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Far from Thee, Thy Kindred and Their Graves May Be (Clarissa and Henry Wight)

Daughter of Zephaniah Leonard, Esq. of Raynham, Mass.
Wife of Rev. Henry Wight, D.D. of Bristol, Rhode Island
Born Nov 9th, 1771
Died Sept 15th, 1864 in Lawrenceville, Ga

"Asleep in Jesus, far from thee,
Thy kindred and their graves may be.
But there is still a blessed sleep,
From which none ever wake to weep."
Clarissa is part of a highly regarded, highly documented New England family. And she married into the same when joining with Rev. Henry Wight, D.D. in 1799.

The following is from The Genealogy of the Cleveland and Cleaveland Families by Edmund James Cleveland (1899). [Note: Not a complete transcription; I pared it down a bit.]
Wight ancestry: Thomas1; Samuel 2, b. Dedham, Mass., Feb 5, 1639, suffered great loss in Philip's war, m. Hannah; Jonathan3, b. Sept 11, 1662, m. Margaret Fairbanks; Jonathan4, b. Oct 11, 1705, m. Sarah Plimpton; Henry5, b. May 26, 1752, of Bristol, R.I.; Rev. Henry6, of Bristol, Congregational clergyman, m. Clarissa Leonard. Ch: 1. Alice, d. 1884, m. Rev. Charles Alden of Providence, R.I. 2. Clara, m. William Rowland of Augusta, Ga. 3. Fanny Leonard Wight, m. Robert Mathis Cleveland.

Leonard ancestry: Henry1; Thomas 2; James3; James4; Judge Stephen5, b. Dec 14, 1680, judge of Court of Common Pleas; Maj. Zephaniah6, b. Mar 18, 1704, m. Hannah King; Col. Zephaniah7, Yale 1758, sheriff of Bristol co., d. Apr 11, 1814, m. Oct 30, 1765, Abigail Alden; Clarissa8 m. Henry Wight.
The Wights by William Ward Wight (1890) had this to say about Clarissa:
Clarissa Wight inherited from her mother, Abigail Alden Leonard, a strong intellectual bias...Clarissa took great interest in the affairs of the colonies during the revolutionary period and felt and manifested the tenderest sympathy for the soldiers returning sick and worn after the war was over. Through the years of her husband's pastorate she fulfilled the exacting duties of a minister's wife with the most untiring fidelity and zeal. Thousands who have been guests in her pleasant home will remember her genial manners and cordial welcome. She was of great intelligence and fine culture and took great delight in reading her Bible and in repeating passages from old poets. She retained her mental powers to the last and took an intelligent interest in all that was passing about her. On the anniversary of her 70th birthday she sailed from New York to live her children in Georgia, and for the last 23 years of her life she dwelt with her youngest daughter. She died at her said daughter's home at Chestnut Hill, Lawrenceville, Gwinnette County, Georgia, in her 93d year, September 15, 1864...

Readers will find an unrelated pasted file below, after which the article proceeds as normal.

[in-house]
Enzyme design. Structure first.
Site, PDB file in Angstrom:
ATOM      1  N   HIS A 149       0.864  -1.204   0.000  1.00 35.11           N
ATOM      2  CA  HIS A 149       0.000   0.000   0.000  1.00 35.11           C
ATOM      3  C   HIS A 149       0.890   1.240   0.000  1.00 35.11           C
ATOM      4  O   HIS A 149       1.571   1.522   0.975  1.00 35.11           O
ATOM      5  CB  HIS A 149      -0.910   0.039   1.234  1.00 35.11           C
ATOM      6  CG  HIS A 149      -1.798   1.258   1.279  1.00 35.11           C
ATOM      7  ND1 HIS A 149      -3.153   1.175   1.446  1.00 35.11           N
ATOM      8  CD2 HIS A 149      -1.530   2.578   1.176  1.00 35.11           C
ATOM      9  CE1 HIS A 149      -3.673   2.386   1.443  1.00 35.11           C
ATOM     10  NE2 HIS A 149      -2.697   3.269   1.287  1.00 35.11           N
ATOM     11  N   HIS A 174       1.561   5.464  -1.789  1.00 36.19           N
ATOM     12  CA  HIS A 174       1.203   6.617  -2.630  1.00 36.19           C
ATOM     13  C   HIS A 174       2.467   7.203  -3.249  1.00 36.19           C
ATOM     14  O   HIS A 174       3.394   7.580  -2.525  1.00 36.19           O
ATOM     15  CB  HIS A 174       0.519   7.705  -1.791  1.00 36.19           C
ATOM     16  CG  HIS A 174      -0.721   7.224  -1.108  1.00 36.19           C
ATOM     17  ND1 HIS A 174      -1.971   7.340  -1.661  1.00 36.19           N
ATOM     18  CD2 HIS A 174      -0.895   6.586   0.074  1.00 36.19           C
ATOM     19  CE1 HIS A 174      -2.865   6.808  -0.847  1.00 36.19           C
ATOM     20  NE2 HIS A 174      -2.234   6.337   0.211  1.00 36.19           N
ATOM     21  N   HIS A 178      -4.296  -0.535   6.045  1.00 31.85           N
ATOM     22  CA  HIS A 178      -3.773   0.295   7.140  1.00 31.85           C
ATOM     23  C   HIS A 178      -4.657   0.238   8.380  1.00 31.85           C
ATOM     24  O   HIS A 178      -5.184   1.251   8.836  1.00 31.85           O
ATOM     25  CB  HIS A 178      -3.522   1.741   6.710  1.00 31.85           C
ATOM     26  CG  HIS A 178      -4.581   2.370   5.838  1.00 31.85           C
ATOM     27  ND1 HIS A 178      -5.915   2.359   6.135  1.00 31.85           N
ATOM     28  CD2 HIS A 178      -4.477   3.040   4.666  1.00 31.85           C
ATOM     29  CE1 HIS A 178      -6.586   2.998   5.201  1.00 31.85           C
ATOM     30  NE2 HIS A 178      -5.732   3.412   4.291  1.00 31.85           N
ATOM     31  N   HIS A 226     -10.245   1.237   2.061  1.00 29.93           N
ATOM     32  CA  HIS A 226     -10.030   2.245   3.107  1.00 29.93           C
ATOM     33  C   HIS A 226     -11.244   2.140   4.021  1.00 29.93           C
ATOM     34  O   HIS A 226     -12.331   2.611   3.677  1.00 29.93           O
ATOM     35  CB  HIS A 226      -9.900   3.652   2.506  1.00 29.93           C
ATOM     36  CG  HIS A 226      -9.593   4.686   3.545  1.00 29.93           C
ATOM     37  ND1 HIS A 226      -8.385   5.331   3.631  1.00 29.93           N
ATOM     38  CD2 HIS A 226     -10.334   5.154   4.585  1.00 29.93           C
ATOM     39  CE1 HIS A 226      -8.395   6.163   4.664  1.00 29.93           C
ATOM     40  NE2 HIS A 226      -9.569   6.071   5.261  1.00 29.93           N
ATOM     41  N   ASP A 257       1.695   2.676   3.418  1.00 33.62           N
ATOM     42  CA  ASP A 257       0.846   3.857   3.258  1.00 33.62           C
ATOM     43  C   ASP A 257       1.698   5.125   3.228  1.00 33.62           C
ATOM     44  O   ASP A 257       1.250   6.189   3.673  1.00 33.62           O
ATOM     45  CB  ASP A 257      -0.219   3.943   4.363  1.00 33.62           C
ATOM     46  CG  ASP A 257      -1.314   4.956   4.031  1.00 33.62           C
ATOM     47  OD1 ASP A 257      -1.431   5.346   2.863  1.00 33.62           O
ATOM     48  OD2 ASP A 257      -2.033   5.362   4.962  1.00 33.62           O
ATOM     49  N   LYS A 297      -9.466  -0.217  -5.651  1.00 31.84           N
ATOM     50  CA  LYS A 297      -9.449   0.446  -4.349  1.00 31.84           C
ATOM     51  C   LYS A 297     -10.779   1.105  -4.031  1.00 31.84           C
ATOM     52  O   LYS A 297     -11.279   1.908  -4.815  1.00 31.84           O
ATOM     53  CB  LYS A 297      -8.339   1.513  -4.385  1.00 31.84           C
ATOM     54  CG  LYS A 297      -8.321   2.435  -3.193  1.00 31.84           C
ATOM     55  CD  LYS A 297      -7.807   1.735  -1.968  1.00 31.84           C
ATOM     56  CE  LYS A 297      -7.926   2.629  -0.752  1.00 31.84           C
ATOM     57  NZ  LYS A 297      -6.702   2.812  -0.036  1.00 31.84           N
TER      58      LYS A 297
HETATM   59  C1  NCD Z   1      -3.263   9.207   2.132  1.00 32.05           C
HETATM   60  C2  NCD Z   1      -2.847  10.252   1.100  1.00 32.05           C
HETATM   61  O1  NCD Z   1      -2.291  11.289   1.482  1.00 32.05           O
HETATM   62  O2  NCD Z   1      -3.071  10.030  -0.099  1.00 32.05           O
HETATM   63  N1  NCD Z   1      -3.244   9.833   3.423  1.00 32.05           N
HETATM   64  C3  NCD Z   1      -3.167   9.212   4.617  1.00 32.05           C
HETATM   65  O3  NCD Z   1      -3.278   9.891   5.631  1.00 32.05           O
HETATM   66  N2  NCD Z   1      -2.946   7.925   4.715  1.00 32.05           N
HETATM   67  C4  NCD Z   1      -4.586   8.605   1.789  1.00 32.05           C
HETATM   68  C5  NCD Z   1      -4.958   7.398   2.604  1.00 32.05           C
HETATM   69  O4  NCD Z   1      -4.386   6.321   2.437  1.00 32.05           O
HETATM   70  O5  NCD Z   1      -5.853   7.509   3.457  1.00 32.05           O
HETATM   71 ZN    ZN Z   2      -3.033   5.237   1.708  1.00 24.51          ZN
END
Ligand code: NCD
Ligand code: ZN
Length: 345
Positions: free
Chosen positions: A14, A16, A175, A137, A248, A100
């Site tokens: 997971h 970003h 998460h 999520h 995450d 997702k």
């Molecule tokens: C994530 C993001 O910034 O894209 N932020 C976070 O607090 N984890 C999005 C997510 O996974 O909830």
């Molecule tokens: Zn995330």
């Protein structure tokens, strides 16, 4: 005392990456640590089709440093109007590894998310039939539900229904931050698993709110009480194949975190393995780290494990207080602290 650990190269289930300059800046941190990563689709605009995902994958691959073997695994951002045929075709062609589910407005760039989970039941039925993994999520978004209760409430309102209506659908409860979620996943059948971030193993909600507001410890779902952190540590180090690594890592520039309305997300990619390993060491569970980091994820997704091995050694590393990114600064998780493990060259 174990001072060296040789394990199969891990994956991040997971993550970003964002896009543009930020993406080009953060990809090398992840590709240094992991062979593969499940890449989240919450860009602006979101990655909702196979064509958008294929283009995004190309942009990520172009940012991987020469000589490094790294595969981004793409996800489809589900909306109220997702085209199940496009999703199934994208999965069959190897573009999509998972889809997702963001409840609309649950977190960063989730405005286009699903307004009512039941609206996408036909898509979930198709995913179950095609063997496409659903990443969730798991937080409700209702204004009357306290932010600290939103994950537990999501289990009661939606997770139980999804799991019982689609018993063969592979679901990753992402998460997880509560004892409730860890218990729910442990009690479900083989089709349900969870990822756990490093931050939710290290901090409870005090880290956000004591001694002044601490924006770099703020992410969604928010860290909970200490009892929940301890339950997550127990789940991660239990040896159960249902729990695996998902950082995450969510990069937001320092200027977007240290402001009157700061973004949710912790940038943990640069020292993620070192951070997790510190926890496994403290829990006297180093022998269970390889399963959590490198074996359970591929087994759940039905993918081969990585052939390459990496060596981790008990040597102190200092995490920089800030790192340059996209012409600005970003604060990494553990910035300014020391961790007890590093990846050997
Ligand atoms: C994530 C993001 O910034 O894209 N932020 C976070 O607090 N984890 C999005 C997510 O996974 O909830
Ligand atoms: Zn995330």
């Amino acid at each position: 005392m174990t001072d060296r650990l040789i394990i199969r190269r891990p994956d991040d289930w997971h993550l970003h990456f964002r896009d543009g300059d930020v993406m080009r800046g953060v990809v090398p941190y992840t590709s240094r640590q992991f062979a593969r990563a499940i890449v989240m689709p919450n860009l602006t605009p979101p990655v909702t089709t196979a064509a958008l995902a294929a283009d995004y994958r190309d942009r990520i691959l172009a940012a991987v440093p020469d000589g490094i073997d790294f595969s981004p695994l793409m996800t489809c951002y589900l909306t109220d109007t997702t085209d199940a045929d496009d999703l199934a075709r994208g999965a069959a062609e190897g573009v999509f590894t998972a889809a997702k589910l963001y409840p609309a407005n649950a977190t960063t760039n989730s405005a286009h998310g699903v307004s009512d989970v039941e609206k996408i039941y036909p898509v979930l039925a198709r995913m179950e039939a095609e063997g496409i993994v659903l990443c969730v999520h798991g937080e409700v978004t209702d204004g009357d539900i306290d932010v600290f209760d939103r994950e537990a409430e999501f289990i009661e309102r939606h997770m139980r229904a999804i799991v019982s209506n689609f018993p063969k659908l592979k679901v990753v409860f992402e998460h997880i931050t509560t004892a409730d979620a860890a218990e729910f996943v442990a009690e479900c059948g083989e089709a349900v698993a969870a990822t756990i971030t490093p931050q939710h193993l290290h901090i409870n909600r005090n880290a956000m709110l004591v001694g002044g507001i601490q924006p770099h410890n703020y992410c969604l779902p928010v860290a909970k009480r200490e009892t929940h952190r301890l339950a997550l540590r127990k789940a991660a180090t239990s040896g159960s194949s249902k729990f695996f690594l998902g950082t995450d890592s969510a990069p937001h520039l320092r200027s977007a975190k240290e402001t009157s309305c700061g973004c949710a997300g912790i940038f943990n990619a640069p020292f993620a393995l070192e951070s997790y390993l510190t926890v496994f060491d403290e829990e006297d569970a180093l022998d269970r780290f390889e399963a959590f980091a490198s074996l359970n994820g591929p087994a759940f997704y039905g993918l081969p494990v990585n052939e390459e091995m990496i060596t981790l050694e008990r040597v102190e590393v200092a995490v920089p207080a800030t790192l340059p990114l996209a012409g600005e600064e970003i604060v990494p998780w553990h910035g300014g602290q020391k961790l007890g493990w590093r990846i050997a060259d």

Photo by Julie Nathanson
via FindAGrave
While Clarissa rests in Fairview Presbyterian Church Cemetery at Lawrenceville, her husband Henry was upon his death in 1837 laid many miles away in the Juniper Hill Cemetery of Bristol, Rhode Island.

"Asleep in Jesus, far from thee,
Thy kindred and their graves may be."


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